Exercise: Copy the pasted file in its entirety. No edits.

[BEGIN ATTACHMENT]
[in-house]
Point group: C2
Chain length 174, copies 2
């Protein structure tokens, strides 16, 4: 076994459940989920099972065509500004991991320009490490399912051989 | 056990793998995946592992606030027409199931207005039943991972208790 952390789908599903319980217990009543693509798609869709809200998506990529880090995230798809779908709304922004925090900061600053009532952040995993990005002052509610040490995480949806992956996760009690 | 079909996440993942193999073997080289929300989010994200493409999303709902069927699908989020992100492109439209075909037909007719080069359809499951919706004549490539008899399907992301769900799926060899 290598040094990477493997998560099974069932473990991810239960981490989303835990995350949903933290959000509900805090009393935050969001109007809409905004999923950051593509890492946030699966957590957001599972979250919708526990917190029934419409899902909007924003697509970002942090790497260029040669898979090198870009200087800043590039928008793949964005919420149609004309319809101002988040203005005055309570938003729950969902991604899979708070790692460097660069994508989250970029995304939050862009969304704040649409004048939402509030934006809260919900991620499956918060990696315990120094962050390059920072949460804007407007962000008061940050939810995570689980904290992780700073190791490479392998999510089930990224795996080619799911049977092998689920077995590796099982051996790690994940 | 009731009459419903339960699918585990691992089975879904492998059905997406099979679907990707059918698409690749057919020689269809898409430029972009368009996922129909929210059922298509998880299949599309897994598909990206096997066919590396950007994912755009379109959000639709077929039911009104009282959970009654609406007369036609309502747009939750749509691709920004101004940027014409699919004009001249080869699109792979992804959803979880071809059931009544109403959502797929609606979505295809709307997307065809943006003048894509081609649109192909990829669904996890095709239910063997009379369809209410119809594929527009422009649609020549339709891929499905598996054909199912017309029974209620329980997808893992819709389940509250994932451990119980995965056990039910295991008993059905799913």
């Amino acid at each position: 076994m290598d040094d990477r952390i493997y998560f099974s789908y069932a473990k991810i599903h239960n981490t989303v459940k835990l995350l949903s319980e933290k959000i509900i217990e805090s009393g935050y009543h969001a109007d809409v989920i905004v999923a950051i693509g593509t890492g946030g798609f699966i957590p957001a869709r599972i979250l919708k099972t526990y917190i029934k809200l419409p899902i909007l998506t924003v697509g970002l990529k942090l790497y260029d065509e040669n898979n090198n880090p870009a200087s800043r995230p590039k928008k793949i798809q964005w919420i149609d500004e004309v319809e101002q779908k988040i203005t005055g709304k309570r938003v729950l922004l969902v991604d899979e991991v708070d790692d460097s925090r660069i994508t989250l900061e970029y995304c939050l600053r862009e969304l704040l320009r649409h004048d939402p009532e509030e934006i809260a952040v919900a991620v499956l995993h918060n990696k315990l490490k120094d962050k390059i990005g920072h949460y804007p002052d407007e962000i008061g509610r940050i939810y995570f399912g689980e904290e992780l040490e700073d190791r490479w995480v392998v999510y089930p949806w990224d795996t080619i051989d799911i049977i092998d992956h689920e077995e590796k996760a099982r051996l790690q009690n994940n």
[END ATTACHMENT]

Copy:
[in-house]
Point group: C2
Chain length 174, copies 2
């Protein structure tokens, strides 16, 4: 076994459940989920099972065509500004991991320009490490399912051989 | 056990793998995946592992606030027409199931207005039943991972208790 952390789908599903319980217990009543693509798609869709809200998506990529880090995230798809779908709304922004925090900061600053009532952040995993990005002052509610040490995480949806992956996760009690 | 079909996440993942193999073997080289929300989010994200493409999303709902069927699908989020992100492109439209075909037909007719080069359809499951919706004549490539008899399907992301769900799926060899 290598040094990477493997998560099974069932473990991810239960981490989303835990995350949903933290959000509900805090009393935050969001109007809409905004999923950051593509890492946030699966957590957001599972979250919708526990917190029934419409899902909007924003697509970002942090790497260029040669898979090198870009200087800043590039928008793949964005919420149609004309319809101002988040203005005055309570938003729950969902991604899979708070790692460097660069994508989250970029995304939050862009969304704040649409004048939402509030934006809260919900991620499956918060990696315990120094962050390059920072949460804007407007962000008061940050939810995570689980904290992780700073190791490479392998999510089930990224795996080619799911049977092998689920077995590796099982051996790690994940 | 009731009459419903339960699918585990691992089975879904492998059905997406099979679907990707059918698409690749057919020689269809898409430029972009368009996922129909929210059922298509998880299949599309897994598909990206096997066919590396950007994912755009379109959000639709077929039911009104009282959970009654609406007369036609309502747009939750749509691709920004101004940027014409699919004009001249080869699109792979992804959803979880071809059931009544109403959502797929609606979505295809709307997307065809943006003048894509081609649109192909990829669904996890095709239910063997009379369809209410119809594929527009422009649609020549339709891929499905598996054909199912017309029974209620329980997808893992819709389940509250994932451990119980995965056990039910295991008993059905799913």
């Amino acid at each position: 076994m290598d040094d990477r952390i493997y998560f099974s789908y069932a473990k991810i599903h239960n981490t989303v459940k835990l995350l949903s319980e933290k959000i509900i217990e805090s009393g935050y009543h969001a109007d809409v989920i905004v999923a950051i693509g593509t890492g946030g798609f699966i957590p957001a869709r599972i979250l919708k099972t526990y917190i029934k809200l419409p899902i909007l998506t924003v697509g970002l990529k942090l790497y260029d065509e040669n898979n090198n880090p870009a200087s800043r995230p590039k928008k793949i798809q964005w919420i149609d500004e004309v319809e101002q779908k988040i203005t005055g709304k309570r938003v729950l922004l969902v991604d899979e991991v708070d790692d460097s925090r660069i994508t989250l900061e970029y995304c939050l600053r862009e969304l704040l320009r649409h004048d939402p009532e509030e934006i809260a952040v919900a991620v499956l995993h918060n990696k315990l490490k120094d962050k390059i990005g920072h949460y804007p002052d407007e962000i008061g509610r940050i939810y995570f399912g689980e904290e992780l040490e700073d190791r490479w995480v392998v999510y089930p949806w990224d795996t080619i051989d799911i049977i092998d992956h689920e077995e590796k996760a099982r051996l790690q009690n994940n």